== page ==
A fun way to decorate your home at Christmas, Sedef Imer’s felt pudding pattern is framed in an embroidery hoop and decorated with holly leaves and berries. This Christmas pudding will look lovely hanging up in your home at Christmas and makes a great gift that is quick and easy to make.
Small-sized project with little felt required — great for using up felt scraps
Uses one embroidery hoop and padding to create the round finish of the pudding
Sedef used whipstitch by hand for her appliqué, both with and without fusible web
Pattern sheet with icing and holly leaf shape included
Detailed step-by-step instructions and colour photographs take you through cutting your fabric, stuffing your hoop, adding your felt embellishments and finishing the back of the hoop
Includes Sedef’s tips on hoop preparation, using fusible web and stuffing the hoop
A quick and easy project to make for a handmade Christmas gift
Great project for beginner crafters with little or no sewing experience
How long have you been professionally stitching?Since about the beginning of 2013, when I set up my blog Down Grapevine Lane. However, at that time and for the first year or two, it was largely a hobby blog. I also sold some handmade items on the side. I’d say 2016 was the first year I felt I could call myself a professional sewing ‘designer’ with both a fabric collection and book under my belt and more patterns and fabric to come.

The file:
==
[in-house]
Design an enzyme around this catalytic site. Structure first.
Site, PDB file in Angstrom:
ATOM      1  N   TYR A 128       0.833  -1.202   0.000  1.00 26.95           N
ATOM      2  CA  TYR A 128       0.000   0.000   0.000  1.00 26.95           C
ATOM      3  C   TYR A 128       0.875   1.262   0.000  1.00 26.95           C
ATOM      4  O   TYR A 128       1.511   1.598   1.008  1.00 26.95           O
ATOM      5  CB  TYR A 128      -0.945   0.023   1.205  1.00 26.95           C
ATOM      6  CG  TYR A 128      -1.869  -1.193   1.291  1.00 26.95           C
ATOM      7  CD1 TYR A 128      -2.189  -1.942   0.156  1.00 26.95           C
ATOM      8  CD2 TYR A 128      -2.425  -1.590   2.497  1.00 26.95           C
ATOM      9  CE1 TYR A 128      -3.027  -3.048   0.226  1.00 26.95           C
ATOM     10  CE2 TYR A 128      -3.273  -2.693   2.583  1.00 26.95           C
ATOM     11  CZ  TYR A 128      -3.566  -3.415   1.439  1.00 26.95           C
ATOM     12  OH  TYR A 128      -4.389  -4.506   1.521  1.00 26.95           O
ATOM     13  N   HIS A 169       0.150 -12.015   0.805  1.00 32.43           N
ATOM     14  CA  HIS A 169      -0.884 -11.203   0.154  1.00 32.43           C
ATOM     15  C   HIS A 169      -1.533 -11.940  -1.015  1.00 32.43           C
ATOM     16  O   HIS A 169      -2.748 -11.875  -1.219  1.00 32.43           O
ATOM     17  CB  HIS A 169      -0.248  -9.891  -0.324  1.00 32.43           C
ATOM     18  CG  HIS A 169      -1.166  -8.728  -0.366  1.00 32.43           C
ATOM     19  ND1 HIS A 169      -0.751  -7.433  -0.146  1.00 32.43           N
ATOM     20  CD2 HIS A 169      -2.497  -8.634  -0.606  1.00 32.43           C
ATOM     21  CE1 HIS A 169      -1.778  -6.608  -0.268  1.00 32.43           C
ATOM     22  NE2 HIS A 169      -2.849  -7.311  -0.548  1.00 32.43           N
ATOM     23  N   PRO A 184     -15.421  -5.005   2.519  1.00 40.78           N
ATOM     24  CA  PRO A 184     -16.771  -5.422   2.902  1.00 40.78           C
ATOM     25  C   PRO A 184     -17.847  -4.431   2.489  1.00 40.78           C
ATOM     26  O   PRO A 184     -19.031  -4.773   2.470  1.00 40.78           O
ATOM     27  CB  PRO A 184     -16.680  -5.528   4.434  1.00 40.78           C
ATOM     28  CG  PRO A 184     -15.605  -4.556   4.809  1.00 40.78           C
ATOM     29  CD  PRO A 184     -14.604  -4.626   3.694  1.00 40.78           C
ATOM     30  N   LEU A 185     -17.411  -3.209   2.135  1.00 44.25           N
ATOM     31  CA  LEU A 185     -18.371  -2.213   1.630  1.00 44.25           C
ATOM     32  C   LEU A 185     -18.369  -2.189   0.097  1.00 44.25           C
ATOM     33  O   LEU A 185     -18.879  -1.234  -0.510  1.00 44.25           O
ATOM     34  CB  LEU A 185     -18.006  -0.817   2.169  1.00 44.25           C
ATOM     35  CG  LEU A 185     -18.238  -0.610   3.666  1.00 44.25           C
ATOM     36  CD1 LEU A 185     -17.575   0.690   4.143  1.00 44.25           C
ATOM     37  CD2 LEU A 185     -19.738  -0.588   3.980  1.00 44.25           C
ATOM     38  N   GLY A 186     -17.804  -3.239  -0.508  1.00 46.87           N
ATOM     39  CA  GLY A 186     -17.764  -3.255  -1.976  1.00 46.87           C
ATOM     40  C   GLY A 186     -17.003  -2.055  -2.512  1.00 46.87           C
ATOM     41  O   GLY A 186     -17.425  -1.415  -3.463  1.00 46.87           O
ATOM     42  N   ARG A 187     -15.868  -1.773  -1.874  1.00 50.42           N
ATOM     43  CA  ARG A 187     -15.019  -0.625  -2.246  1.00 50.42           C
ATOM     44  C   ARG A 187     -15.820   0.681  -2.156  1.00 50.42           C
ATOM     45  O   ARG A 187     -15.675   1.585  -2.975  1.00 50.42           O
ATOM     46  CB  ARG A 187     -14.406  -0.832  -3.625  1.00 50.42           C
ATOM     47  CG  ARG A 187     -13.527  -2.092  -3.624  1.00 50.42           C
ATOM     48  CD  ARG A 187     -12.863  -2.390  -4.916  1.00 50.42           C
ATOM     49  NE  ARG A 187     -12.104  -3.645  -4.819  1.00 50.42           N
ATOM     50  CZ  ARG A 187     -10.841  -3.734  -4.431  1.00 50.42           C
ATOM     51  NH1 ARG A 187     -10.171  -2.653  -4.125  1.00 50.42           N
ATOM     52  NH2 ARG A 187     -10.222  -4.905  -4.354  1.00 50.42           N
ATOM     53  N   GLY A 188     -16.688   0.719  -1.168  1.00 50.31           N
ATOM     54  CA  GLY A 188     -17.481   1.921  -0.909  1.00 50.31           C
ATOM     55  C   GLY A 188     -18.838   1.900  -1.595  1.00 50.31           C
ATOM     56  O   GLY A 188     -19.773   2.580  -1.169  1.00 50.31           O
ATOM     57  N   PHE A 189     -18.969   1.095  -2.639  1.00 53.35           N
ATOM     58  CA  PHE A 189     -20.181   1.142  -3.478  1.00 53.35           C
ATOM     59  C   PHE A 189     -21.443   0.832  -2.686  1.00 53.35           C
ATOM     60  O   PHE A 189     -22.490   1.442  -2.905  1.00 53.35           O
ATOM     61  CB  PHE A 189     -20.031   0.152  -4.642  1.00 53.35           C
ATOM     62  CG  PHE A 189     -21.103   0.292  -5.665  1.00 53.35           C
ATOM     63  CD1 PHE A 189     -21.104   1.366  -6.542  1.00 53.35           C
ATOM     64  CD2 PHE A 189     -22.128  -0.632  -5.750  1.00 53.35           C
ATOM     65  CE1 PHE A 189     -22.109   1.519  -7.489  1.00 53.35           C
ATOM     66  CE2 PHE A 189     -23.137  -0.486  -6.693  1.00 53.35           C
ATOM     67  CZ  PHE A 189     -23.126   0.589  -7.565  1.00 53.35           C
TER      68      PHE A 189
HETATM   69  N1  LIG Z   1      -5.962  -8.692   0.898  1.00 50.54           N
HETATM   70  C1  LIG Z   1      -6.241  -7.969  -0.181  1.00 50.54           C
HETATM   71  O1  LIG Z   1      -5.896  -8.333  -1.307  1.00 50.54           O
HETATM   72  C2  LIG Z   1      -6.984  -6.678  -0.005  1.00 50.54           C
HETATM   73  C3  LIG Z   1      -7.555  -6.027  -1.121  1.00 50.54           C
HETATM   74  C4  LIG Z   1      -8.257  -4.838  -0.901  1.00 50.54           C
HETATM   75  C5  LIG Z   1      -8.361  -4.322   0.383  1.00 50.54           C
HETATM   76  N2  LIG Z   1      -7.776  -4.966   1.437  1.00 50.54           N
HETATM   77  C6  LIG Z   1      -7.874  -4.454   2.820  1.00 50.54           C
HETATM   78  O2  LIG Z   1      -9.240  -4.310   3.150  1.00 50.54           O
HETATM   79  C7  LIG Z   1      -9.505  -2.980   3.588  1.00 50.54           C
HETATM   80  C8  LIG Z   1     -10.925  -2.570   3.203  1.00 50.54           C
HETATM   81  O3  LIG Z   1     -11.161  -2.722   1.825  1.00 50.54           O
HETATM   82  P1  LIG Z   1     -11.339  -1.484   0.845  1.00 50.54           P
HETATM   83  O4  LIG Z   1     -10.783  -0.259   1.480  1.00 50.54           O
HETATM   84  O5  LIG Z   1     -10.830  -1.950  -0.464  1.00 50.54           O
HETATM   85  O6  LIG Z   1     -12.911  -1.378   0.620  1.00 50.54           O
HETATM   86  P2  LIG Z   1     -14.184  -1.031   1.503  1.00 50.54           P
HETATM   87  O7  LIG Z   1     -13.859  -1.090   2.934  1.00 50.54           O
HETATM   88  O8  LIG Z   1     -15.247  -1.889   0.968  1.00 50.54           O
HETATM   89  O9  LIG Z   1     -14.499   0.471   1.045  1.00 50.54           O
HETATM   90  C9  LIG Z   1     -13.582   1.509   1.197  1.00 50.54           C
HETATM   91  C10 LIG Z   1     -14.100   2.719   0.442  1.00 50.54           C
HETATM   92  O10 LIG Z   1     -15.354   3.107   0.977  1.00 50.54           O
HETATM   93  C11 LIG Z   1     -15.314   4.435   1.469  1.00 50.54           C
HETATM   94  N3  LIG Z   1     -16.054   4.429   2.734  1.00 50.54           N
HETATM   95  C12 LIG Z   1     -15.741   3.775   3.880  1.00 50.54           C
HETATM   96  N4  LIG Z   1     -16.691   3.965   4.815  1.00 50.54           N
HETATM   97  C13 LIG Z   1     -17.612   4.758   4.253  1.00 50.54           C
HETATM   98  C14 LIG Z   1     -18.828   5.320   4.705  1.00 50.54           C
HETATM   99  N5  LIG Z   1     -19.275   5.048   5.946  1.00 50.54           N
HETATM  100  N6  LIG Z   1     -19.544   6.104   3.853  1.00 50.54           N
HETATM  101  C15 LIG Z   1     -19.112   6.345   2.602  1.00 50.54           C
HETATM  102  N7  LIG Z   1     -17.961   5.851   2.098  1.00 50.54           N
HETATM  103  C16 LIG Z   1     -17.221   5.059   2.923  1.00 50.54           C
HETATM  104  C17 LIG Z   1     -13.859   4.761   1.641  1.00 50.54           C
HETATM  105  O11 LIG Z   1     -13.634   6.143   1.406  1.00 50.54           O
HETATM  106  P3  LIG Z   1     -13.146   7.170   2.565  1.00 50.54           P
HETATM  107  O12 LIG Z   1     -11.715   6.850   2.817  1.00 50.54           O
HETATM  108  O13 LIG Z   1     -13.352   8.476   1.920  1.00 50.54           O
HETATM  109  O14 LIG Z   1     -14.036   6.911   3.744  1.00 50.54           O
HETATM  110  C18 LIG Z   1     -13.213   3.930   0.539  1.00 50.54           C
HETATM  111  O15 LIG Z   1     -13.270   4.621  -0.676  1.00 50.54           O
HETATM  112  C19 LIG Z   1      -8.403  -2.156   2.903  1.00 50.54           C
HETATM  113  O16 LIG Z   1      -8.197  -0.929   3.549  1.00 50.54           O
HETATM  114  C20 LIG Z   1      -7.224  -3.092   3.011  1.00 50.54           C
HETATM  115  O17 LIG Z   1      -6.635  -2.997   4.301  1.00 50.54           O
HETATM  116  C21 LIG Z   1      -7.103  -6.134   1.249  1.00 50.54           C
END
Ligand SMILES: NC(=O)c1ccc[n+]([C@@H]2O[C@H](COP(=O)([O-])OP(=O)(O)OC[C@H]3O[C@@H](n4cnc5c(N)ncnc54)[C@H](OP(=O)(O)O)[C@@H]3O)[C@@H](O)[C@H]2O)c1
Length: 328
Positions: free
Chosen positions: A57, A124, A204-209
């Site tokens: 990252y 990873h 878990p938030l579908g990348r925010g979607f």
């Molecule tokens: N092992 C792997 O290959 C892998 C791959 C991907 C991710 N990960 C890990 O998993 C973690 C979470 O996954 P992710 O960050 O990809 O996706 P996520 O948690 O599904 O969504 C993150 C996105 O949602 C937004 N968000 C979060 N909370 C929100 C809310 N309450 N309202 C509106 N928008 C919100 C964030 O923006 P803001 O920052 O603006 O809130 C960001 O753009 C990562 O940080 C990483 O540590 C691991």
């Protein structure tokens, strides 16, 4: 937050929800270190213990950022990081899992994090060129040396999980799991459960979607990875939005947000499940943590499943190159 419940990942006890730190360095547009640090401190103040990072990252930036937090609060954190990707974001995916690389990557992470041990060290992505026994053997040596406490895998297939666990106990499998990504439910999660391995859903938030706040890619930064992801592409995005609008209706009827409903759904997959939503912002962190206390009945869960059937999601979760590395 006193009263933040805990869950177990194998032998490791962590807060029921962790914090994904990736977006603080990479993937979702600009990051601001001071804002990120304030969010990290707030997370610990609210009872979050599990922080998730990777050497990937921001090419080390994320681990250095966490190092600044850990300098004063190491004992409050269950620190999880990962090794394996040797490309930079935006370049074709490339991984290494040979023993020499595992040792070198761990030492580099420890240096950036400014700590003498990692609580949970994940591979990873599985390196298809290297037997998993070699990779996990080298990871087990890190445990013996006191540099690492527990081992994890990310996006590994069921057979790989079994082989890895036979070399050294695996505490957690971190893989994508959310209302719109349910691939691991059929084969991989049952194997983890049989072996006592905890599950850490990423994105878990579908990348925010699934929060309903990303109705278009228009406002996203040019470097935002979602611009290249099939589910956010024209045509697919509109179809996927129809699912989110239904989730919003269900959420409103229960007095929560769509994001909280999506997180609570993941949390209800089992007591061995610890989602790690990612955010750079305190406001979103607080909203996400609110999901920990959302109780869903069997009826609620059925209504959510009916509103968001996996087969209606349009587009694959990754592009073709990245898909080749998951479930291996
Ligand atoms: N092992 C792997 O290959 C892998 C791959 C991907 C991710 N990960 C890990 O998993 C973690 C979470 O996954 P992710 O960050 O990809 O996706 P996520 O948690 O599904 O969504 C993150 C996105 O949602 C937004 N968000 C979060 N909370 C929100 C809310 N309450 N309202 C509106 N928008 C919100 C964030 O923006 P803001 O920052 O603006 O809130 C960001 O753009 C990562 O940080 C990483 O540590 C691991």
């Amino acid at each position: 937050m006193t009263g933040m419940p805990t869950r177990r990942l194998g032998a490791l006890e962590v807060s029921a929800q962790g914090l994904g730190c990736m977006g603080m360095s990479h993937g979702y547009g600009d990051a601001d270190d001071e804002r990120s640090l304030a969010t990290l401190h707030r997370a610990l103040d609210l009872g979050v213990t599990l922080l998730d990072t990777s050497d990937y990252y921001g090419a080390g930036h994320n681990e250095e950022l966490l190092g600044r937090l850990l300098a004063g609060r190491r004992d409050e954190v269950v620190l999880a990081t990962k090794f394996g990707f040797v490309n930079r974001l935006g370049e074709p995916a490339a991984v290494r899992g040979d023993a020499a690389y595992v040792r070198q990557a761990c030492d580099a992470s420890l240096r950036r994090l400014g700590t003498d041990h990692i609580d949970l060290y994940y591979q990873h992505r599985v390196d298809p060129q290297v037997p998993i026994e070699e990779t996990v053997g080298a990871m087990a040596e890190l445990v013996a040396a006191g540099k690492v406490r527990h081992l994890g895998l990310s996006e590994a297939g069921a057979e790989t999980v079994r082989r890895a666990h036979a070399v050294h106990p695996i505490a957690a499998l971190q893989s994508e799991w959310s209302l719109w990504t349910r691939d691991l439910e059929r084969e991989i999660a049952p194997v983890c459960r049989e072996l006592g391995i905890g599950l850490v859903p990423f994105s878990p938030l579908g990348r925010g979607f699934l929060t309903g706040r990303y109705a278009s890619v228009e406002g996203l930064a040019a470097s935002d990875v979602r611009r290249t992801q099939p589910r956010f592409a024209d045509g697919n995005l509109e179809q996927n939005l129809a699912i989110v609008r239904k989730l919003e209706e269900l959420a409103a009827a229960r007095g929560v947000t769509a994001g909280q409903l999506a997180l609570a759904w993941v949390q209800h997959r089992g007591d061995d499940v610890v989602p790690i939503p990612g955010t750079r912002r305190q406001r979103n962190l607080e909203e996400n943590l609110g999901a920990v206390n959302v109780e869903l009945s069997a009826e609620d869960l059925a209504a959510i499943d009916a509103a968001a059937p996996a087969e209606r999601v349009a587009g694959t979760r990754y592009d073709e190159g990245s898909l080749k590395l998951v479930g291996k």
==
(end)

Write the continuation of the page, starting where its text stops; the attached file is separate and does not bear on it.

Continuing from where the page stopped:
How did you make such a name for yourself in such a short time?I think a combination of an awesome amount of luck, plus focusing on networking, social media marketing and attention to detail in my designs, fabric selection and photography.
Have you always wanted to design your own fabric collection or did this come as a nice bonus to your successful stitching projects? Designing a fabric line has been on my bucket list for a while, but truth be told, I never thought I’d actually get the opportunity. But then earlier this year, I was approached by a fabric house , asking if I’d be interested in designing a line for them, and within a few months I had offers for the line from two fabric houses. It was certainly a dream come true. I’m still at the start of my fabric-design journey, though. Still lots to learn!
You have a very varied sewing repertoire. What sorts of designs do you do?The tag line for my business is ‘where sweet meets modern’, which I feel describes my style really well. Probably the most common comments on my photos by my social media followers is ‘cute’ and ‘sweet’. I love Zakka, the art of making useful things that are also very pretty. I have a particular fondness for small florals. As for designs, I love to try new things and learn new techniques, so I’m always trying my hand at different projects. Last year, I learned to crochet, but this year has been a lot more focused on patchwork and quilting. My repertoire is not repetitive, that’s for sure.
Did your distinctive style happen over time or was it immediate when you started stitching?My work reflects my personal tastes and what I consider to be ‘pretty’, but it’s also evolving slowly over time. There are certain elements in my sewing that are ‘must haves’ (florals being one), but I’m also enjoying experimenting with more modern concepts, such as using more muted colours and low-volume fabrics, playing with colour graduation, using more solids and so on.